Seth Naeve: you we'd have to have a really really thin stand originally, and then we'd we'd probably be thinking about taking another. just removing those and and starting over, you know, and that the thing that's really changed in my world around this is just is

Seth Naeve: resistant weeds out there.

Seth Naeve: We used to give very flat, clear recommendations on on, on replant decisions.

Seth Naeve: but it's really changed around weed control, and what what products are out for pries, what kind of weed spectrum people have.

Seth Naeve: what they've got available to put on after the those those weed control issues are almost to the point where they're driving, driving the decision making rather than just being kind of a a caveat to it. So I I think it's something. It's obviously something we have to consider as we make those decisions.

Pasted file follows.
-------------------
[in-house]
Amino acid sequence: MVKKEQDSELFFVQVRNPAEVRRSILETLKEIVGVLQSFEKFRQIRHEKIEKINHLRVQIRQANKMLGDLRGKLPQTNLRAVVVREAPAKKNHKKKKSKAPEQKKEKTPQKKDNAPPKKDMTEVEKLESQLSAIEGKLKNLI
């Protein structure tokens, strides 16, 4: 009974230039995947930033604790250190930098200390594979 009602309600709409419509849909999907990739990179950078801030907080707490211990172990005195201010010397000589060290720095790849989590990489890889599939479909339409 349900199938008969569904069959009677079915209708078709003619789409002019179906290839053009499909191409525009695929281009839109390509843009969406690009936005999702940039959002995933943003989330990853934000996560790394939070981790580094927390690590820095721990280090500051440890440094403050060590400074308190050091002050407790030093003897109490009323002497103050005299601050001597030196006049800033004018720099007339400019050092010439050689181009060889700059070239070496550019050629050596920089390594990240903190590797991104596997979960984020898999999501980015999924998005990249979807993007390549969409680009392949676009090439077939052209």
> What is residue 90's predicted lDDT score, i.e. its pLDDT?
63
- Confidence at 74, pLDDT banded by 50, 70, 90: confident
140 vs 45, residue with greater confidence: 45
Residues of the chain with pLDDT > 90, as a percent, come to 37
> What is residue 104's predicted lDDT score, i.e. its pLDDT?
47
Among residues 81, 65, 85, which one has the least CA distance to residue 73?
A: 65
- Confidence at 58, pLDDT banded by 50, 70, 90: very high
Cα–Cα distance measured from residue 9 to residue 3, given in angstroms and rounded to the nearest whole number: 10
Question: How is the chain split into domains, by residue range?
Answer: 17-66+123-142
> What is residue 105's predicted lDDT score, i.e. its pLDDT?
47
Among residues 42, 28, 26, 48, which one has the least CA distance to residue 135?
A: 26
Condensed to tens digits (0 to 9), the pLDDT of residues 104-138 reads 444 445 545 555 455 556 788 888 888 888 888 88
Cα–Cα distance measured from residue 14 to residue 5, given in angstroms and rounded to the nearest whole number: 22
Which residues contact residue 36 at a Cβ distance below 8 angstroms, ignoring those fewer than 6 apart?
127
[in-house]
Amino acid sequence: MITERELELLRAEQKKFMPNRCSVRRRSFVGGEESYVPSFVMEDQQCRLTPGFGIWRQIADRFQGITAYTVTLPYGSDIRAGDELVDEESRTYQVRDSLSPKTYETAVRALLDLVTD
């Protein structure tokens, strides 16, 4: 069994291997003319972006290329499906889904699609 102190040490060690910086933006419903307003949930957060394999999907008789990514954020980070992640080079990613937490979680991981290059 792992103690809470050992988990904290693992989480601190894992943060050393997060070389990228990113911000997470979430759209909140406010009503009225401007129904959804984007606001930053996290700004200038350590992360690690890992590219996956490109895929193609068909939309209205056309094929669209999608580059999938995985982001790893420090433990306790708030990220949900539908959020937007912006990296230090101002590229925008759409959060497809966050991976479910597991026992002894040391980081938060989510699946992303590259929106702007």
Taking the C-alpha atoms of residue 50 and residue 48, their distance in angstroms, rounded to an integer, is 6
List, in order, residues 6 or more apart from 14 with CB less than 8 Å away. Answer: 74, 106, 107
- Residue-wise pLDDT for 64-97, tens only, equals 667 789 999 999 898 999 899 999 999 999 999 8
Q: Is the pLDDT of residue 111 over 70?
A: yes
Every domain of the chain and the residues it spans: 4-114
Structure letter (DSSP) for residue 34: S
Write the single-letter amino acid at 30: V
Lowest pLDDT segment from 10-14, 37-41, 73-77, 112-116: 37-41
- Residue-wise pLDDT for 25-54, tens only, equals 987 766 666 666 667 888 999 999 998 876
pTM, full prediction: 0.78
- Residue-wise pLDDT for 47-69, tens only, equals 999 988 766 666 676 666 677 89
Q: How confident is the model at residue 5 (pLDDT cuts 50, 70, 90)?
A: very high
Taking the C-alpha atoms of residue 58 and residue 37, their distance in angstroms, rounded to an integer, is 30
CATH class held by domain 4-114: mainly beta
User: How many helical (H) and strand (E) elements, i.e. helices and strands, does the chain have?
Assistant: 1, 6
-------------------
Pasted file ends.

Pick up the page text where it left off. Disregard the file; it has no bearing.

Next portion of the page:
Lizabeth A Stahl: Yeah. And I think like to get back to that topic. We control here, too, because, Of course that is a big issue right now with, you know, wanting to get those pre herbicides down and and all that. But I do want to jump over to Jeff. Here, you know, when we're looking at stands what stands. Would you feel good with right now? Let's see if somebody has a spotty stand

Lizabeth A Stahl: out there, you know. And again, there's all those fact just away with planning date, and you potential with that versus planting later. But yeah again, you know if people are out there taking stands, and they don't quite have a stand that they thought they should.